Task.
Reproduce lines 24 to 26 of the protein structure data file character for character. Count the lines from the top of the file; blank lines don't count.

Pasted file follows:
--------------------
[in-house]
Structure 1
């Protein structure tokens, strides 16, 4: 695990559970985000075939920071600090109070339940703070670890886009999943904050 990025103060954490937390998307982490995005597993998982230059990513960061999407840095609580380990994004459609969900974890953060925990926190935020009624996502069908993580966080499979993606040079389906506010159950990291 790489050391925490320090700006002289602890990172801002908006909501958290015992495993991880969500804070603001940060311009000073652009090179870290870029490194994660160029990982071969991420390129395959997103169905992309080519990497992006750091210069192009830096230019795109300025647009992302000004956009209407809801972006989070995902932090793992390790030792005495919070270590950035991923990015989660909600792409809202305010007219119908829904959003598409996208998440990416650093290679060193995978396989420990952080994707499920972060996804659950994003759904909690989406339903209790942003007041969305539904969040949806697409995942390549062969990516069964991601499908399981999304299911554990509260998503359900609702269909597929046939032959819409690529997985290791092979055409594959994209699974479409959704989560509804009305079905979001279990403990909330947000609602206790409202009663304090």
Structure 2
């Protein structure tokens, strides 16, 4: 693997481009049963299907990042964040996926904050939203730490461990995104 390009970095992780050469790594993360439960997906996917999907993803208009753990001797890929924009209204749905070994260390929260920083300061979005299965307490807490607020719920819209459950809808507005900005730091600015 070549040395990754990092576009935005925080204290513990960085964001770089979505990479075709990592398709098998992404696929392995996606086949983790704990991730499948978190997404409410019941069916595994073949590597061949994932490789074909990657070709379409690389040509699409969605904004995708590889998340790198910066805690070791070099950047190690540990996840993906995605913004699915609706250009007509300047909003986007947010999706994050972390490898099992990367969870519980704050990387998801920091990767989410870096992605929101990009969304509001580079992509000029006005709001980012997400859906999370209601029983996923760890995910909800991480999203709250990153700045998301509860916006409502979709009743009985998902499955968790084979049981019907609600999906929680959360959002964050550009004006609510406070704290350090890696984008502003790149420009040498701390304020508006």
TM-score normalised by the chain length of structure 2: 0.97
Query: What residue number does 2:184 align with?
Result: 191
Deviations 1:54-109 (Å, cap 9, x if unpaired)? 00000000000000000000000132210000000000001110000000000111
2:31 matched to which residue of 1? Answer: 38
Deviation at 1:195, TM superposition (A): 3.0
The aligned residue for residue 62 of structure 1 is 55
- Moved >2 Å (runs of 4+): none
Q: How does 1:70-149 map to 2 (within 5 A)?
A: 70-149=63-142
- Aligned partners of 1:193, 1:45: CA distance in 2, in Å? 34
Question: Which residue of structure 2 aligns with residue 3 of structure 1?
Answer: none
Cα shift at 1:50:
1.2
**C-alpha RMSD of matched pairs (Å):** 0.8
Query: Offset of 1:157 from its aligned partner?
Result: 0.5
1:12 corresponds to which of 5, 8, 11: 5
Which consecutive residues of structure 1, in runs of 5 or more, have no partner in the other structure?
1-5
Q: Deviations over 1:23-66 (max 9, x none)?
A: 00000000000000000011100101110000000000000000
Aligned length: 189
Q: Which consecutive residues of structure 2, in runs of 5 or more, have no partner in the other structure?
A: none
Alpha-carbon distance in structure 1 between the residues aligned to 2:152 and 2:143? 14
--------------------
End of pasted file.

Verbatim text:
1:12 corresponds to which of 5, 8, 11: 5
Which consecutive residues of structure 1, in runs of 5 or more, have no partner in the other structure?
1-5